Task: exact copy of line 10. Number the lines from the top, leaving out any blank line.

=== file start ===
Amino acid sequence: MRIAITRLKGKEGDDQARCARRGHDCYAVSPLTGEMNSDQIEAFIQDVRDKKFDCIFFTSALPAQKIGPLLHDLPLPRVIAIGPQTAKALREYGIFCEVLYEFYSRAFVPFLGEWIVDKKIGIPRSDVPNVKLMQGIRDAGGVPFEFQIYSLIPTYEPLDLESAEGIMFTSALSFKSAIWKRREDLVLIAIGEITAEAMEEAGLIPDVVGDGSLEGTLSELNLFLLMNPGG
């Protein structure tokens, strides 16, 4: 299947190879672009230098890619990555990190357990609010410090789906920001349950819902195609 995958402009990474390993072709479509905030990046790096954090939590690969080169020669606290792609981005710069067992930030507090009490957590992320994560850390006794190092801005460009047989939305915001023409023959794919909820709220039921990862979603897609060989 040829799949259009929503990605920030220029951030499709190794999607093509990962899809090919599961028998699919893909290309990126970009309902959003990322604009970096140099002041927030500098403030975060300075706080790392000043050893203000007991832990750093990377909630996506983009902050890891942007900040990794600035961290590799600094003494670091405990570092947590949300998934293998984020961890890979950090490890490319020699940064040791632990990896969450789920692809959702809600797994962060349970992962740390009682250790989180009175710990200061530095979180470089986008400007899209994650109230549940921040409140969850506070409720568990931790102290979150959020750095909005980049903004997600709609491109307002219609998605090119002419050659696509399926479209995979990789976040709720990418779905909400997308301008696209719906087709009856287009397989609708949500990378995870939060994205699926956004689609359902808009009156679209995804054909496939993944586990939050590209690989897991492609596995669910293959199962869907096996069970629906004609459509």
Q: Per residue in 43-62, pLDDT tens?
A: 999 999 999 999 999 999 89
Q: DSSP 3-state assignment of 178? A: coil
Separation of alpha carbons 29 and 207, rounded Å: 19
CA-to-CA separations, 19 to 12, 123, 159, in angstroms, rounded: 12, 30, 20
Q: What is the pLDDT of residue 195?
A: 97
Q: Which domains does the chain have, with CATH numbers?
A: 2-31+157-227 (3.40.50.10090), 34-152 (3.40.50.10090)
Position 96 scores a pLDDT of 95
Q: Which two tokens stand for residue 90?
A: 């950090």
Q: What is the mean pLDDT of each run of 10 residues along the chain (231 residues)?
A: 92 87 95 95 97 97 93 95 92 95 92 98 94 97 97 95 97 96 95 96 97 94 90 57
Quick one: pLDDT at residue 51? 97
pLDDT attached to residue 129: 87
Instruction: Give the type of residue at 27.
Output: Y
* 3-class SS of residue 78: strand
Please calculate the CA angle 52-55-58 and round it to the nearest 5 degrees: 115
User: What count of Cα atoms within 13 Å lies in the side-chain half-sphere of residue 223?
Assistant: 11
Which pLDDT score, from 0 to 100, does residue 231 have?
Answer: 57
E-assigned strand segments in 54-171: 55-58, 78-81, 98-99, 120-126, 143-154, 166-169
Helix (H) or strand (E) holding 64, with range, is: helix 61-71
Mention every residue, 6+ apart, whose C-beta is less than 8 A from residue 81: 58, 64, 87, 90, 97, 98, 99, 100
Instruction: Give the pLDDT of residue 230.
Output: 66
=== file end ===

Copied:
Q: Which domains does the chain have, with CATH numbers?